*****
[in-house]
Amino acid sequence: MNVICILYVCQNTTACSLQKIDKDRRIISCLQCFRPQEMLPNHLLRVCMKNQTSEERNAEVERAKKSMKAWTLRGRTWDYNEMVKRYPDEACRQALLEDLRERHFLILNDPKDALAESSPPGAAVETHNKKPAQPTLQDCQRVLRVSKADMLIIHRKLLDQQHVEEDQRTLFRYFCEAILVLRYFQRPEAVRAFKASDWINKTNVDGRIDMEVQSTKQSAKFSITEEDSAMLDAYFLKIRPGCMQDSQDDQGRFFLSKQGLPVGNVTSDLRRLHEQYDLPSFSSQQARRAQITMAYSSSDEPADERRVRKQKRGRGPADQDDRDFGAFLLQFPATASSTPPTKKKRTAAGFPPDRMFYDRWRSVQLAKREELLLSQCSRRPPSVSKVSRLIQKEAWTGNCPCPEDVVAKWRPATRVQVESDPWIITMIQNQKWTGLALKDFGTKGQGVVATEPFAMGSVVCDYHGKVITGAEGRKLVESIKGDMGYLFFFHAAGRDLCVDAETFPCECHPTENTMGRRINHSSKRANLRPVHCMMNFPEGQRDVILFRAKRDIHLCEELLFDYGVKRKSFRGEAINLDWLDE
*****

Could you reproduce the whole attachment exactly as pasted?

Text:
[in-house]
Amino acid sequence: MNVICILYVCQNTTACSLQKIDKDRRIISCLQCFRPQEMLPNHLLRVCMKNQTSEERNAEVERAKKSMKAWTLRGRTWDYNEMVKRYPDEACRQALLEDLRERHFLILNDPKDALAESSPPGAAVETHNKKPAQPTLQDCQRVLRVSKADMLIIHRKLLDQQHVEEDQRTLFRYFCEAILVLRYFQRPEAVRAFKASDWINKTNVDGRIDMEVQSTKQSAKFSITEEDSAMLDAYFLKIRPGCMQDSQDDQGRFFLSKQGLPVGNVTSDLRRLHEQYDLPSFSSQQARRAQITMAYSSSDEPADERRVRKQKRGRGPADQDDRDFGAFLLQFPATASSTPPTKKKRTAAGFPPDRMFYDRWRSVQLAKREELLLSQCSRRPPSVSKVSRLIQKEAWTGNCPCPEDVVAKWRPATRVQVESDPWIITMIQNQKWTGLALKDFGTKGQGVVATEPFAMGSVVCDYHGKVITGAEGRKLVESIKGDMGYLFFFHAAGRDLCVDAETFPCECHPTENTMGRRINHSSKRANLRPVHCMMNFPEGQRDVILFRAKRDIHLCEELLFDYGVKRKSFRGEAINLDWLDE